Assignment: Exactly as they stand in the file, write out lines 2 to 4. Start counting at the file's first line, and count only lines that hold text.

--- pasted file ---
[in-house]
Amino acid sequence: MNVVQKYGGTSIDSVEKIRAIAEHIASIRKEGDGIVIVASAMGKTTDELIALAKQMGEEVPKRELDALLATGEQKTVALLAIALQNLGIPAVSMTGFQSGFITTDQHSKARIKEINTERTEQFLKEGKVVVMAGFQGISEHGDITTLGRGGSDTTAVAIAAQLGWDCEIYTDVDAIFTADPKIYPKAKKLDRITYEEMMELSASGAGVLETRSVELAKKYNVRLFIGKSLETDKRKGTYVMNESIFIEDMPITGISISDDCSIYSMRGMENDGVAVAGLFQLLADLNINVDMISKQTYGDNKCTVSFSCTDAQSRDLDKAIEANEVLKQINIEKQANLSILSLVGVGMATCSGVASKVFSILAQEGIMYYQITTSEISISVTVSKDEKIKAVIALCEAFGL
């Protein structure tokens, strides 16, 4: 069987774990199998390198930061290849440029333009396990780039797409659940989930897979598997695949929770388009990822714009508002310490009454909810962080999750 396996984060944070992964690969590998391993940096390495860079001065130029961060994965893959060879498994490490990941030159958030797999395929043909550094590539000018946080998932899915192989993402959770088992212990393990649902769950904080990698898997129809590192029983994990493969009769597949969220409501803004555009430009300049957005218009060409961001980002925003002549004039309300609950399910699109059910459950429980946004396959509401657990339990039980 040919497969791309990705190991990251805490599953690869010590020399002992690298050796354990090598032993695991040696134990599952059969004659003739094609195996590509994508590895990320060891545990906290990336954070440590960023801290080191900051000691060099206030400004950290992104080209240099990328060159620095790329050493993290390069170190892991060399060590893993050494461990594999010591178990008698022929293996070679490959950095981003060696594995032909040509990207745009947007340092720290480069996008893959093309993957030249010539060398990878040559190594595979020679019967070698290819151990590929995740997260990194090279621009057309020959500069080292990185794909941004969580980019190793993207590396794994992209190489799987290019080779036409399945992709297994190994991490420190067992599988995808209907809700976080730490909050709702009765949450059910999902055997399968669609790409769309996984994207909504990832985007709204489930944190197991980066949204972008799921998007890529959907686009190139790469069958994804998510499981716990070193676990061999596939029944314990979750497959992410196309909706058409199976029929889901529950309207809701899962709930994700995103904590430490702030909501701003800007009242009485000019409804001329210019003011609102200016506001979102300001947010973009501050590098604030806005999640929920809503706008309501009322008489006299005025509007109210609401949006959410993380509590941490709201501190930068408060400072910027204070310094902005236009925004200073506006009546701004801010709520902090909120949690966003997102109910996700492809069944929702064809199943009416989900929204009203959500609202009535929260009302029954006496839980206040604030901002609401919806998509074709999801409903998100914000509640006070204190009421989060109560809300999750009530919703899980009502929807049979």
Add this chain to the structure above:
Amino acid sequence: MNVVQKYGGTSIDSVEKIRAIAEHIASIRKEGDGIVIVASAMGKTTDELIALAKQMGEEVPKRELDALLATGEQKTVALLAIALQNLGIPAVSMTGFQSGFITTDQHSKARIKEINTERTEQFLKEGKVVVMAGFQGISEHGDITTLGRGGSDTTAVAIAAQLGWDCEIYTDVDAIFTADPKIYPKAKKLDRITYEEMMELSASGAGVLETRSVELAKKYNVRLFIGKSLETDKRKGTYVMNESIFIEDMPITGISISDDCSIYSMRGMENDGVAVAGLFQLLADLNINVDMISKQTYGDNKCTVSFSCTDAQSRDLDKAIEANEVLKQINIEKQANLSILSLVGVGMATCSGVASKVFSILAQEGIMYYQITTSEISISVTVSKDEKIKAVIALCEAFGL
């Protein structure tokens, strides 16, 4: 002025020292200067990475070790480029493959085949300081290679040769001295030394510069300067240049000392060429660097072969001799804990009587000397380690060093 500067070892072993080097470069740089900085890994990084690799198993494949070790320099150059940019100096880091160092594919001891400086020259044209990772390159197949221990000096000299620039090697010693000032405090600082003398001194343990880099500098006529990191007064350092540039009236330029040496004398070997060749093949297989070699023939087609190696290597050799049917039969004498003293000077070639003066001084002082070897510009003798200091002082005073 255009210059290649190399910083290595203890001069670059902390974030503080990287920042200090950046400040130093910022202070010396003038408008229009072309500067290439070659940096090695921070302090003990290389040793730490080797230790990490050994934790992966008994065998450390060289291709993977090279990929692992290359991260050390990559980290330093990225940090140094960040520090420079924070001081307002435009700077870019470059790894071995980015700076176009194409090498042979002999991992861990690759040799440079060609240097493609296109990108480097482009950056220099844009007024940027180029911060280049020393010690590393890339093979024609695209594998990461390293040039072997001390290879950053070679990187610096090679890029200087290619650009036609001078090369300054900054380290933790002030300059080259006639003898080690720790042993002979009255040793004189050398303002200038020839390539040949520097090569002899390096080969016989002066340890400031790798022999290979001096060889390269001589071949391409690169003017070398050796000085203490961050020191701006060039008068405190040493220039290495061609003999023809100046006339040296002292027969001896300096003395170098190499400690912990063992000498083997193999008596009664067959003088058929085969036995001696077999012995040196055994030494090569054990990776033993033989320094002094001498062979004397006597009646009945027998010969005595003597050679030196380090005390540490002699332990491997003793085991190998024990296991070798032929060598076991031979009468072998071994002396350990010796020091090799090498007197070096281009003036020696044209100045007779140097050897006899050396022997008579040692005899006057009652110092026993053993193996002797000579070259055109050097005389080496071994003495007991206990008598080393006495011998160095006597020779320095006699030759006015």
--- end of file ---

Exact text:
Amino acid sequence: MNVVQKYGGTSIDSVEKIRAIAEHIASIRKEGDGIVIVASAMGKTTDELIALAKQMGEEVPKRELDALLATGEQKTVALLAIALQNLGIPAVSMTGFQSGFITTDQHSKARIKEINTERTEQFLKEGKVVVMAGFQGISEHGDITTLGRGGSDTTAVAIAAQLGWDCEIYTDVDAIFTADPKIYPKAKKLDRITYEEMMELSASGAGVLETRSVELAKKYNVRLFIGKSLETDKRKGTYVMNESIFIEDMPITGISISDDCSIYSMRGMENDGVAVAGLFQLLADLNINVDMISKQTYGDNKCTVSFSCTDAQSRDLDKAIEANEVLKQINIEKQANLSILSLVGVGMATCSGVASKVFSILAQEGIMYYQITTSEISISVTVSKDEKIKAVIALCEAFGL
């Protein structure tokens, strides 16, 4: 069987774990199998390198930061290849440029333009396990780039797409659940989930897979598997695949929770388009990822714009508002310490009454909810962080999750 396996984060944070992964690969590998391993940096390495860079001065130029961060994965893959060879498994490490990941030159958030797999395929043909550094590539000018946080998932899915192989993402959770088992212990393990649902769950904080990698898997129809590192029983994990493969009769597949969220409501803004555009430009300049957005218009060409961001980002925003002549004039309300609950399910699109059910459950429980946004396959509401657990339990039980 040919497969791309990705190991990251805490599953690869010590020399002992690298050796354990090598032993695991040696134990599952059969004659003739094609195996590509994508590895990320060891545990906290990336954070440590960023801290080191900051000691060099206030400004950290992104080209240099990328060159620095790329050493993290390069170190892991060399060590893993050494461990594999010591178990008698022929293996070679490959950095981003060696594995032909040509990207745009947007340092720290480069996008893959093309993957030249010539060398990878040559190594595979020679019967070698290819151990590929995740997260990194090279621009057309020959500069080292990185794909941004969580980019190793993207590396794994992209190489799987290019080779036409399945992709297994190994991490420190067992599988995808209907809700976080730490909050709702009765949450059910999902055997399968669609790409769309996984994207909504990832985007709204489930944190197991980066949204972008799921998007890529959907686009190139790469069958994804998510499981716990070193676990061999596939029944314990979750497959992410196309909706058409199976029929889901529950309207809701899962709930994700995103904590430490702030909501701003800007009242009485000019409804001329210019003011609102200016506001979102300001947010973009501050590098604030806005999640929920809503706008309501009322008489006299005025509007109210609401949006959410993380509590941490709201501190930068408060400072910027204070310094902005236009925004200073506006009546701004801010709520902090909120949690966003997102109910996700492809069944929702064809199943009416989900929204009203959500609202009535929260009302029954006496839980206040604030901002609401919806998509074709999801409903998100914000509640006070204190009421989060109560809300999750009530919703899980009502929807049979």
Add this chain to the structure above: